Position: Editor/journalist, legal education (part-time)
J-Source is seeking a journalist to work with us at the Canada Press Freedom Project to develop legal educational guides to help reporters, news organizations and journalism schools understand their rights and respond knowledgeably when facing potential press freedom constraints imposed on their journalistic activities. Each guide will be presented in a narrative format and focus on a specific subject (including but not limited to SLAPP, access to information in Indigenous communities, publication bans, student media and online threats), and may entail a combination of the following elements:
- Definition and description of the issue
- History of the issue including how it manifested and affected the work of journalists and news organizations
- Summary of key cases and/or relevant court decisions
- Comments from media workers and news organizations affected by the issue
- Comments and context from legal and other subject matter experts
- Co-ordinating with a range of local and national organizations interested in press freedom issues, including CPFP partners, as well as working with news media and their legal counsel
The ideal candidate would possess a combination of the following skills and experience:
- A minimum two years of journalism experience, or equivalent
- An academic and/or professional background that may include courses in law or legal studies, training facilitation or other relevant discipline
- Demonstrated knowledge of or exposure to the issue that forms the subject of a specific guide
- Experience in preparing educational materials for both journalists and a more general audience.
- Demonstrated commitment to challenging institutional narratives and centring anti-racism in reporting, legal, newsgathering and research processes
- Enthusiasm for collaboration, public interest education, audience engagement, data and entrepreneurial journalism
- Researching and writing online legal/educational guides
- Monitoring press freedom violations and incursions while understanding the nuances involved in legal interpretation of incidents of possible press freedom violations
- Identifying subjects for qualitative treatment through educational tools, analyses and/or reports)
- Developing a roster of and engaging with legal experts, educators, journalists, members of the public and stakeholder groups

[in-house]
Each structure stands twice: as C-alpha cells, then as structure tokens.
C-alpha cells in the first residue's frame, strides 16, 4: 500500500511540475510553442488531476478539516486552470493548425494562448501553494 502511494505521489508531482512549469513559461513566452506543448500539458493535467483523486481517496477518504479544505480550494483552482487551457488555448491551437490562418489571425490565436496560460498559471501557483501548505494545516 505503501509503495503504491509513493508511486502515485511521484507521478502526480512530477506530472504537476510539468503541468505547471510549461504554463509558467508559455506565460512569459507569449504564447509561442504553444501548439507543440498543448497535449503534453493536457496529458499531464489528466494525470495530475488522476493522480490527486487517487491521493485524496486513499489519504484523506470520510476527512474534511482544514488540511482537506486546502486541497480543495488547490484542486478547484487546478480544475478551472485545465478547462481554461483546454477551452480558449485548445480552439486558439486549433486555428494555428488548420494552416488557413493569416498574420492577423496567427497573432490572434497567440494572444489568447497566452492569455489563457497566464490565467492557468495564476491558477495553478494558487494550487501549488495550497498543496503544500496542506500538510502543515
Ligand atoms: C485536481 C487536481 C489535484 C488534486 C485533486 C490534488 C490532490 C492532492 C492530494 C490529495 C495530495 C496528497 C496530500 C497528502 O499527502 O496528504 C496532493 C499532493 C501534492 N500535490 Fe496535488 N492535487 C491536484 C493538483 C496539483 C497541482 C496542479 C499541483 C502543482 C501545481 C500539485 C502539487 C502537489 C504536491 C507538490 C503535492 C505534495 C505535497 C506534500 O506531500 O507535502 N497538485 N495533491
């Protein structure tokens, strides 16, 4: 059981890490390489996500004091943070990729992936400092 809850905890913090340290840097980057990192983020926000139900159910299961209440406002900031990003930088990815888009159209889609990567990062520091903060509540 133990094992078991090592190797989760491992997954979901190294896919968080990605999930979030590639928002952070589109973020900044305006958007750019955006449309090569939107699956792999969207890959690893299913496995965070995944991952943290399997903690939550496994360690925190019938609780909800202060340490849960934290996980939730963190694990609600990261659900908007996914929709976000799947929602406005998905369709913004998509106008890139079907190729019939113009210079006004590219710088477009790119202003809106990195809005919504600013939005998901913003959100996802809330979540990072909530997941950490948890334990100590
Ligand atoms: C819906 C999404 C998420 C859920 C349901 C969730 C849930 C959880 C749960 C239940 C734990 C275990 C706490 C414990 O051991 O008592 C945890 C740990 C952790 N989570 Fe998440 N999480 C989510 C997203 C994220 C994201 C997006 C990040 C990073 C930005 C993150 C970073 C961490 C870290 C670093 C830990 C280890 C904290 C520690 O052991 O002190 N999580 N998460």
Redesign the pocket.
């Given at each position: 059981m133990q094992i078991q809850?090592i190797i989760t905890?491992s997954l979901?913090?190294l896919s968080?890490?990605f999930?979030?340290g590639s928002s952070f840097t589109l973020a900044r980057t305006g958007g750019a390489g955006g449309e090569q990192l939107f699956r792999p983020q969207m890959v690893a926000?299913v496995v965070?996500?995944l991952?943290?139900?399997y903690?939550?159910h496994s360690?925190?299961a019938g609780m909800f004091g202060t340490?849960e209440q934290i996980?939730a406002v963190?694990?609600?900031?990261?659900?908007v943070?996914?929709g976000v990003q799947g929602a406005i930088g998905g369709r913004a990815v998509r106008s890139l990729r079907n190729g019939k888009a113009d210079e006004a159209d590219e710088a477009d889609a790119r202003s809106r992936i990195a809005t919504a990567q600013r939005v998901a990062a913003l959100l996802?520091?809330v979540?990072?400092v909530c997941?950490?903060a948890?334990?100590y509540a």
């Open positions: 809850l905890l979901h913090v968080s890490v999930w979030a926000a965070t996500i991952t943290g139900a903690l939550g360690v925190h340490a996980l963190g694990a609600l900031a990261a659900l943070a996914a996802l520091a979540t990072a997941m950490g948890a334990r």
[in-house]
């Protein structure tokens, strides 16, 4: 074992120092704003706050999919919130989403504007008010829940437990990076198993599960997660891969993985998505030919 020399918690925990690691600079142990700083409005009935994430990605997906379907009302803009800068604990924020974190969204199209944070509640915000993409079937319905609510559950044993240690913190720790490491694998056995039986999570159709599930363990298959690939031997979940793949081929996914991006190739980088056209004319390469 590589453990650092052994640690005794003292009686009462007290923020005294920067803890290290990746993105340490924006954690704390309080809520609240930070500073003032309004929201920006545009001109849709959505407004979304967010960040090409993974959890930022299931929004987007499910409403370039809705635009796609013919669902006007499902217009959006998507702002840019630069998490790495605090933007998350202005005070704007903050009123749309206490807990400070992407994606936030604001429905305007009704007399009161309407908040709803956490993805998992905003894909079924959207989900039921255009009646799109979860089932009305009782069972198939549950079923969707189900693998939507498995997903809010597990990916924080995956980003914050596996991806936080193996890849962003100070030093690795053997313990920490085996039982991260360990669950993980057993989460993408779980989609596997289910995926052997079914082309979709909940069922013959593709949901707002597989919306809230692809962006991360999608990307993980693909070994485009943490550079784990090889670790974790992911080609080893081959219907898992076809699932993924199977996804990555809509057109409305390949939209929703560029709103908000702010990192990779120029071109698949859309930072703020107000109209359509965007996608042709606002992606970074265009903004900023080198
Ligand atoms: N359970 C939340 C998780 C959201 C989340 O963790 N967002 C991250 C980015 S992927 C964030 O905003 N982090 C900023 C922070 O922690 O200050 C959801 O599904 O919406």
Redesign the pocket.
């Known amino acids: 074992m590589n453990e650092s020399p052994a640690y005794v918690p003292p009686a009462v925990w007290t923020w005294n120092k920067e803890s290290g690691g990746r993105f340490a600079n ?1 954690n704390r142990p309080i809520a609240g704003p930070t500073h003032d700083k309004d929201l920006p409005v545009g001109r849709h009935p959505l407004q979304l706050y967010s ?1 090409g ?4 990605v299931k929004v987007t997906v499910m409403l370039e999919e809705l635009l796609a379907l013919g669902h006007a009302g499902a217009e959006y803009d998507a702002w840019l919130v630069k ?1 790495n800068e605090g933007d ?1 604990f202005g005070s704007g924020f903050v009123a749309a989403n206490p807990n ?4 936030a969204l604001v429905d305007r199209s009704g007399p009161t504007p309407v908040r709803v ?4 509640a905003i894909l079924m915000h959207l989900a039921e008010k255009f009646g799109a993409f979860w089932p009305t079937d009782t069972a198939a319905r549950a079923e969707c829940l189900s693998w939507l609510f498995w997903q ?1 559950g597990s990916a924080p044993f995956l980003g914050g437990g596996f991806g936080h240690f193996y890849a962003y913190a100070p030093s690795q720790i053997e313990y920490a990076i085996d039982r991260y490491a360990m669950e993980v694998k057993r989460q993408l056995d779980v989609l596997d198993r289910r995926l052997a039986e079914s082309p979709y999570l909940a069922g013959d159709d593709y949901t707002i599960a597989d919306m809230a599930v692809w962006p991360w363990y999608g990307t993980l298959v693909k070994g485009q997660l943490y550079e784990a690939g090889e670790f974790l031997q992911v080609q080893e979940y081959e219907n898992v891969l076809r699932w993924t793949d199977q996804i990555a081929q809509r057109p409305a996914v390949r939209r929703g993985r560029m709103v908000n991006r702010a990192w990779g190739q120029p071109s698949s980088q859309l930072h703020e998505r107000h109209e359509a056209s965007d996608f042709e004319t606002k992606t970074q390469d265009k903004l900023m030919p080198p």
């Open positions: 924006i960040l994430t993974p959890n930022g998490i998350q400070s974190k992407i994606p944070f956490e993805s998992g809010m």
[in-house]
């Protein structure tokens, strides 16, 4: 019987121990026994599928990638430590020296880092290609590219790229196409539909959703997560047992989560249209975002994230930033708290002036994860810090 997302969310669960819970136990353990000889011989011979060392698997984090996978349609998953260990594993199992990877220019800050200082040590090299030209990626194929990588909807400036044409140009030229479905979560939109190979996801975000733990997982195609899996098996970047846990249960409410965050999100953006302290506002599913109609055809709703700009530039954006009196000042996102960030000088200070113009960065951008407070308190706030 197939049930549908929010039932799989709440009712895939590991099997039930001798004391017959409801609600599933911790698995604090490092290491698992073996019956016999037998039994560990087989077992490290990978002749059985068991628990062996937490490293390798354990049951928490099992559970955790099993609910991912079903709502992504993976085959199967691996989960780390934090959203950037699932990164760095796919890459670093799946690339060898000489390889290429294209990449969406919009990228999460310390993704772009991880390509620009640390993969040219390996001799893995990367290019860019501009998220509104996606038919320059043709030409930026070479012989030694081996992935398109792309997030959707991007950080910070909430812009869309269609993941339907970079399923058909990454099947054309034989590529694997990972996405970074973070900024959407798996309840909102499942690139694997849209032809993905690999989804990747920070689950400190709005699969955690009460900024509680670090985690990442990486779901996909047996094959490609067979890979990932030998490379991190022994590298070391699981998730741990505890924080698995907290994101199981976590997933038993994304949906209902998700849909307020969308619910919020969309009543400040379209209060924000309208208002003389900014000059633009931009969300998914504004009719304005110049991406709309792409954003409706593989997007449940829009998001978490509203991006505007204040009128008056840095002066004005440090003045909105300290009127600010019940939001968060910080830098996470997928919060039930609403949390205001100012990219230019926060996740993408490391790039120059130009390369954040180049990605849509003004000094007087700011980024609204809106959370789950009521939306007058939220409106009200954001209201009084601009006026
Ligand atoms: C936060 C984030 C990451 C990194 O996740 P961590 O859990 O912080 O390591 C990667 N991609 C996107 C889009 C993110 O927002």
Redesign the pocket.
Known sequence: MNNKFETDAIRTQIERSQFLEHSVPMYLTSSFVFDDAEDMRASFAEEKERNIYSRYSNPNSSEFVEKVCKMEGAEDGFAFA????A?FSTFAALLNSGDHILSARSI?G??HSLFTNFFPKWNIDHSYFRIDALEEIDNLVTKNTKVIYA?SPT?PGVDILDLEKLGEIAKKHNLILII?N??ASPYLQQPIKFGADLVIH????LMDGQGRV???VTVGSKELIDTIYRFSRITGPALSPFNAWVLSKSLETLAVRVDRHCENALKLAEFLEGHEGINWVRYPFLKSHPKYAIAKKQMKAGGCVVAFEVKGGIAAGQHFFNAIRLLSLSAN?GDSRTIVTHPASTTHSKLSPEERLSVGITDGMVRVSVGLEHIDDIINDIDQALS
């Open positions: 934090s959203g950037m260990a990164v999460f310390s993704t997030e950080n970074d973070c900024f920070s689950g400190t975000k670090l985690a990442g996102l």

- Co-ordinating with CPFP partner organizations
- Maximum 24 hours per week for a minimum of 12 weeks with the possibility of extension
- $30-40 per hour, commensurate with experience and/or subject matter familiarity
This position is based administratively at Toronto Metropolitan University but the successful candidate may work remotely from anywhere in Ontario. Toronto-based candidates may access office space at the university on request.
Candidates must be eligible to work in Canada.
How to apply
A complete application will include the following items in a single PDF attachment:
- A resume
- A cover letter outlining your qualifications, relevant experience and why you’re interested in working with J-Source and the CPFP
- 3 reporting or research samples
- 2 professional references
Please submit applications by email to email@example.com addressed to the Canada Press Freedom Project with “CPFP legal education editor application” in the subject line.
The application deadline has been extended until 11:59 p.m. ET on Jan. 5. The successful candidate will begin work shortly after.
You may contact us at firstname.lastname@example.org with any questions about the position.
We make every effort to notify all candidates of our decision by email.
This position is funded through a grant from the Law Foundation of Ontario.
J-Source and the Canada Press Freedom Project
The CPFP, an initiative of J-Source that tracks press freedom violations since 2021, is dedicated to maintaining an ongoing database of press freedom violations in Canada; stories about issues related to press freedom and threats and violations of those freedoms; and tools and resources for journalists, organizations, media educators and students to understand and counter those threats. Development of the project was supported by the Michener-L. Richard O’Hagan Fellowship for Journalism Education and is operated by J-Source with ongoing support provided by a group of donor organizations.
J-Source is produced by a collaboration of post-secondary journalism schools and programs led by Toronto Metropolitan University and Carleton University. It is supported by J-Schools Canada/Écoles-J Canada, the organization that represents post-secondary journalism programs in Canada, as well as by a group of benefactors who believe in excellence in journalism and its strong and vital future. Our goal is to promote national discussion about journalism and journalism education as well as to provide a source for news, research, commentary, advice and resources for industry professionals, freelancers, academics, and journalism, media and communications students.